BRUSSELS (Reuters) -Top U.S. trade negotiator Katherine Tai said on Thursday she was optimistic about resolving a dispute with the European Union over steel and aluminium tariffs, insisting that joint transatlantic efforts were needed to combat overcapacity in the global market.
Former U.S. President Donald Trump imposed tariffs of 25% on steel and 10% on aluminium from the European Union, along with other economies such as China, India, Russia and Switzerland.
The European Commission, which oversees EU trade policy, has agreed to suspend a planned increase in retaliatory duties until Dec. 1 and launch formal talks on addressing excess global capacity largely centred in China.
“The conversations are intensive,” U.S. Trade Representative Tai told reporters on Thursday after talks with European Commission vice-president Valdis Dombrovskis. “Let’s say I’m optimistic.”
Tai also met with top officials from the European Steel Association, or EUROFER, on Thursday, and said the industry group could play an important role in helping broker a deal.
“Ambassador Tai stressed the need to make rapid progress to reach a consensus to preserve our critical industries and meet the economic and environmental goals shared by the United States and European Union,” USTR said in a statement after the talks.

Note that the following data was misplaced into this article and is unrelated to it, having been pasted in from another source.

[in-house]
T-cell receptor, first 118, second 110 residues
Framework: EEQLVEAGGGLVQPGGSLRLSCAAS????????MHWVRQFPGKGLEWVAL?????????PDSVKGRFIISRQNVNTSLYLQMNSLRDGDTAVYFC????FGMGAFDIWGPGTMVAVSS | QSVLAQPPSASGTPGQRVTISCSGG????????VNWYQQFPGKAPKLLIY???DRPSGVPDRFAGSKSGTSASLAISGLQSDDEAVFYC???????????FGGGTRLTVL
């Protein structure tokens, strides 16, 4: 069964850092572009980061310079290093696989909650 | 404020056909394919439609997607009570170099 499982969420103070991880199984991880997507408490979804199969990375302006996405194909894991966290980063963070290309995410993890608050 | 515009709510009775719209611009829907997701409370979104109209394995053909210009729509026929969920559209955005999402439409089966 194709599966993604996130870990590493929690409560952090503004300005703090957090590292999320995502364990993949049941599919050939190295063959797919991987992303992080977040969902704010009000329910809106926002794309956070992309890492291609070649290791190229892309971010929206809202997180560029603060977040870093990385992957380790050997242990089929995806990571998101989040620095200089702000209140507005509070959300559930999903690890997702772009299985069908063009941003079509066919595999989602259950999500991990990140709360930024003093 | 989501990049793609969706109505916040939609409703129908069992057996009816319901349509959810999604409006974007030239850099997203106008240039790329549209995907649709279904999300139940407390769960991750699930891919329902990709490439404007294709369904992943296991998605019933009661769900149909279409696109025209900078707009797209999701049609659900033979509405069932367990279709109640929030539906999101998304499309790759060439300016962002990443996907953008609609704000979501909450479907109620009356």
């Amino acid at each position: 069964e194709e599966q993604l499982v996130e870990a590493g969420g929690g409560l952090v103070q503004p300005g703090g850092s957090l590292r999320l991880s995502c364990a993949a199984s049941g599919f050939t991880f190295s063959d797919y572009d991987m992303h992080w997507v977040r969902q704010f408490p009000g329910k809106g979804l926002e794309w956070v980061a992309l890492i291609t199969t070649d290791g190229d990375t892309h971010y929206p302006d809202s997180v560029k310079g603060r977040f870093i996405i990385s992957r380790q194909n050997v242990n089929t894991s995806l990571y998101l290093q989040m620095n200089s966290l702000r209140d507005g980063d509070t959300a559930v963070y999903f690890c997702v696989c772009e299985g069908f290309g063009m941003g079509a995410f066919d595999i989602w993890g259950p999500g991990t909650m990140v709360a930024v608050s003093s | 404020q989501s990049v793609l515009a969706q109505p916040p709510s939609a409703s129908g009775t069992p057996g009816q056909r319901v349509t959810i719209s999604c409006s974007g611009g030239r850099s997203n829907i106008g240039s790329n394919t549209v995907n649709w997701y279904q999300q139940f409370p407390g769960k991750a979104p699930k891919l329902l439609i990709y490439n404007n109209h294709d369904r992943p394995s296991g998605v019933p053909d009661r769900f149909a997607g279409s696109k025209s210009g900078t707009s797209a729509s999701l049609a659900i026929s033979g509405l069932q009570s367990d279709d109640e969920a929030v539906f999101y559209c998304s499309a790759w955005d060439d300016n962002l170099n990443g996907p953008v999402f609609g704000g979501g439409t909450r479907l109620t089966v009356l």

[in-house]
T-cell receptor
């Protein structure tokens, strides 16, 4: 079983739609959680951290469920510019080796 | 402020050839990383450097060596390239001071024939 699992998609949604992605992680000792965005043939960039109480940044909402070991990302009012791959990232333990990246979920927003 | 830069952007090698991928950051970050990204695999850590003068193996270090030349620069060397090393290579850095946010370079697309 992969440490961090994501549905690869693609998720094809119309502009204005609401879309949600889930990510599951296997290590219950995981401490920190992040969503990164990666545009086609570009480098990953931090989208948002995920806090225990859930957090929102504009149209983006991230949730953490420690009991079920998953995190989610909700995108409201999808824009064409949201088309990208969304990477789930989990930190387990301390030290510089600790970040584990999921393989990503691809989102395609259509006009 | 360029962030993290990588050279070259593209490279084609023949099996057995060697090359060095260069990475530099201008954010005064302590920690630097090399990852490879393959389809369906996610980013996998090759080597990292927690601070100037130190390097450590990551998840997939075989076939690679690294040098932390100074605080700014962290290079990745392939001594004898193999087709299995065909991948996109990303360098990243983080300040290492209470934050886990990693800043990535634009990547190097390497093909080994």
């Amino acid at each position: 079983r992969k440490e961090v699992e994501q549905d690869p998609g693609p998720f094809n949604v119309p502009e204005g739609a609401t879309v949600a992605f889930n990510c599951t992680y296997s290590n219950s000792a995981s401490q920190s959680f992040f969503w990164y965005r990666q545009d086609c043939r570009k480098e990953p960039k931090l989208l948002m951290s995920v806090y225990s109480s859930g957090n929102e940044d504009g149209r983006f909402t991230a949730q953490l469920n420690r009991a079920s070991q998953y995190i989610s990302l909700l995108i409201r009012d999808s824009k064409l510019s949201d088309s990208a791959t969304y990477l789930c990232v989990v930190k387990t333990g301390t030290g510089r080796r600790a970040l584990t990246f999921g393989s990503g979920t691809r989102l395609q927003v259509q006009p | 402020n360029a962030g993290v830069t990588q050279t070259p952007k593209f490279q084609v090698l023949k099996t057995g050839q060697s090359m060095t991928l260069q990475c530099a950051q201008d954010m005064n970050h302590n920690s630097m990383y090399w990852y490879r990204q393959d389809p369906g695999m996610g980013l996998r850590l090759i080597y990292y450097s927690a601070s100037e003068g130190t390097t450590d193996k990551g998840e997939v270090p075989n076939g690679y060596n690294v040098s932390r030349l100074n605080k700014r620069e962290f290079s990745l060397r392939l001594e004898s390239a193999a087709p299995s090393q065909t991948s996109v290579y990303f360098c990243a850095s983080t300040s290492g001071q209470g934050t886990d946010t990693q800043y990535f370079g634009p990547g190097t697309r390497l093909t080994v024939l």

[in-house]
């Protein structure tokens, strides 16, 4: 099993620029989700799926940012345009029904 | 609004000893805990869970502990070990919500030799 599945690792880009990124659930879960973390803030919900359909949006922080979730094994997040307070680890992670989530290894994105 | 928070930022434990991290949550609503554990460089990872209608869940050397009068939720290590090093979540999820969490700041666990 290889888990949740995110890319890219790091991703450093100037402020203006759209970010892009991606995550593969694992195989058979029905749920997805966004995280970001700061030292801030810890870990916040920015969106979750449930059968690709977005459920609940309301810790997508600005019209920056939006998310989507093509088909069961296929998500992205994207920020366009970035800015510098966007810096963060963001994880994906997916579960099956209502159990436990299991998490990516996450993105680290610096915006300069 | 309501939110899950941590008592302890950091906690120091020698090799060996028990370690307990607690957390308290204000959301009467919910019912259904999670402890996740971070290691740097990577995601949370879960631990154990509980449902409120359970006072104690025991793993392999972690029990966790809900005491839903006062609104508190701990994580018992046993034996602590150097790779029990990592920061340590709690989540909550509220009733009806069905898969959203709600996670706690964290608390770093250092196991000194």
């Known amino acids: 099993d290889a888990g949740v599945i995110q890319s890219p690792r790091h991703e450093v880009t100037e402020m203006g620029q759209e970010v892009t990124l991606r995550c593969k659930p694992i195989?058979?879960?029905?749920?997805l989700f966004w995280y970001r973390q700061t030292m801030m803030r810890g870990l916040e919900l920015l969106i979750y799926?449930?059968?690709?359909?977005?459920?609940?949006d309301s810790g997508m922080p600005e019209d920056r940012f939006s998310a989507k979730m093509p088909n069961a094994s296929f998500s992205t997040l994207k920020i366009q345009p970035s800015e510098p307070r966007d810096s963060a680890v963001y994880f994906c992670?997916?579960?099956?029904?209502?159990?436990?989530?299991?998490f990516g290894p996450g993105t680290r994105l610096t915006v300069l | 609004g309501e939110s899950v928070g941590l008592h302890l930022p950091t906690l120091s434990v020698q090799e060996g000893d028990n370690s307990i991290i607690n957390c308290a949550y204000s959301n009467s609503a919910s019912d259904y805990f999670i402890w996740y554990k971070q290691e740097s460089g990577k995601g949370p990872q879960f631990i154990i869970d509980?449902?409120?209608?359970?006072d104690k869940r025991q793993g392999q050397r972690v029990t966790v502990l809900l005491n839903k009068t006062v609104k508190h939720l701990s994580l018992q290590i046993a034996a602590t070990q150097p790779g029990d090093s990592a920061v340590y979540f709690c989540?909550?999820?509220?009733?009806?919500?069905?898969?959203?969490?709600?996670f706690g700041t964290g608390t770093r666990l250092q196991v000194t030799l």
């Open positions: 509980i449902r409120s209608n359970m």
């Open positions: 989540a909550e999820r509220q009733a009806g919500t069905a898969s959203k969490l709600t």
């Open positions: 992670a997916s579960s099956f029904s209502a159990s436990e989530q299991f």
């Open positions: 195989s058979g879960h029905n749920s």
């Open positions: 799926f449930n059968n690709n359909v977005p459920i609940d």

She told the group the U.S. proposal would ensure the long-term viability of the U.S. and European steel and aluminum industries, while strengthening the transatlantic relationship.
A U.S. steel industry source told Reuters last week that a likely agreement would replace the Section 232 tariffs with an arrangement allowing duty-free entry of a specified quota of EU steel, with tariffs applied to higher volumes. The two sides differ on how high to set the quota.
However, Tai said the negotiations were not so one-dimensional.
“I don’t want you to think that essentially this is an exercise at a Turkish bazaar where we’re negotiating the price for carpet. … This is actually a more multifaceted negotiation,” she said.
Tai said the United States and the European Union should “link arms” to address overcapacity.
“If we can take steps together, if we can commit to collaborating, then we can modify this tension between us so that we can be a more powerful force and push back on a common challenge,” she said.